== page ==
My wife and I are back from a reunion of Returned Peace Corps Volunteers (RPCVs) who had served in Iran, and a conference with some of this country’s experts about Iran.

Our first plenary speaker, Bill Beeman of the University of Minnesota, is a very well-known scholar about Iran. He described the complexity of their system of manners and the ease with which foreigners misunderstand Iran. I asked about Iran experts in the State Department. Beeman explained that Secretary Kissinger attacked what he called clientitis, where experts sympathize with the country they study and resist what political leaders want to do. Following Kissinger, the foreign service routinely rotates diplomats to prevent too much specialization. That has advantages and disadvantages; dialogue between experts deeply steeped in a culture and generalists with other concerns is important.

Beeman added that many in Washington claim expertise about Iran, connected with think tanks with axes to grind. Scholars independent of ideological organizations can afford to see reality without coloring it with what they want to happen. Certainly independent scholars need to be heard.

I am convinced that Beeman’s message about the complexity of Iranian culture and the ease of misunderstanding it is accurate. All former Peace Corps Volunteers, and others who have immersed themselves in a foreign culture, can attest to the ways that cultural signals are easily misunderstood in both directions. In diplomacy that can spell disaster.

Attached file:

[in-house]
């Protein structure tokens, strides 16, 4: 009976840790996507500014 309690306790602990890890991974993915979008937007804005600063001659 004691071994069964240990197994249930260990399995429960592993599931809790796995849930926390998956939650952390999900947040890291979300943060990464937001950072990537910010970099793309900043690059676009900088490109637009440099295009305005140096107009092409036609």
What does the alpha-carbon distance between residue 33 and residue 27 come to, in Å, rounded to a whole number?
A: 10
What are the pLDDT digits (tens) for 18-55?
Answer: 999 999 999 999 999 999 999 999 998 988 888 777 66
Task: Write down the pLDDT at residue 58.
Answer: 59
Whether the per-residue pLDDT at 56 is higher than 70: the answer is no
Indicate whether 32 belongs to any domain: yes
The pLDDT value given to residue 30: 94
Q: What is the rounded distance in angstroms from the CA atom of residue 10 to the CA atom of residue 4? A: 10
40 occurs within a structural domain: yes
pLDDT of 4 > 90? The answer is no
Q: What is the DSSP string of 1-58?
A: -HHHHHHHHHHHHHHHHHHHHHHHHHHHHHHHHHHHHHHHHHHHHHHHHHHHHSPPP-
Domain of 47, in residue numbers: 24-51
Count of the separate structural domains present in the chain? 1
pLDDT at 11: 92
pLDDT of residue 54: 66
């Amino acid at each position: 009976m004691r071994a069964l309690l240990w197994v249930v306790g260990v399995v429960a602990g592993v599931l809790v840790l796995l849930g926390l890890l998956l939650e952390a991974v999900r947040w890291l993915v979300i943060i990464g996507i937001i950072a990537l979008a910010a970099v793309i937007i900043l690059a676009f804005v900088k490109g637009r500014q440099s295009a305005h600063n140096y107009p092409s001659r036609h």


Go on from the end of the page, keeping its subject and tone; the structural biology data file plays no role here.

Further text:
Our headline speaker was former Ambassador John Limbert, the last U.S. ambassador to Iran and a hostage for 444 days. Limbert now teaches at the U.S. Naval Academy.

I brought Beaman’s comments to Ambassador Limbert. He responded that the State Department has some knowledgeable people and a seasoned negotiator like Secretary Kerry can pick up a great deal by listening closely. I teach interviewing and I know the importance of active listening that seeks to understand without substituting one’s own assumptions. But I couldn’t shake concern that decades of detachment from Iran will handicap negotiators on both sides. It’s too easy to see each other as hostile and assume the worst, or to miss what is really important to them and misunderstand what they are actually offering. That’s especially difficult because so many people claim to know what Iran intends.

As an example of the complexity of our and Iran’s interests, Ambassador Limbert described the U.S. expectation after the Revolution that Iran would be hostile toward the Soviet Union. The Russians had treated Iran as part of its empire for a long time and there were good reasons for Iranian hostility. But Iran did its best to maintain friendly relations and trade with the USSR. Had they suddenly become pro-Soviet? Or were they defending themselves by trying to avoid incurring Soviet wrath. Limbert’s point was that we have to learn to see their actions through their eyes, not our own, to understand and respect their own Iranian nationalism just as they must respect ours.

We have many overlapping interests. But Iran also cares about the mistreatment of Shi’a populations in the Middle East. Iran sees that as defensive and about justice, not about conquest or aggression. It is easy for Iranians to see the US as supporting a ring of Sunni dynasties around Iran.

That doesn’t create any clear picture of what should happen. Limbert’s point is that diplomacy is both necessary and difficult. Seeing it simply as us against them misses the complexities and the opportunities. In other words, give diplomacy a chance.

— This commentary was broadcast on WAMC Northeast Report, May 16, 2015.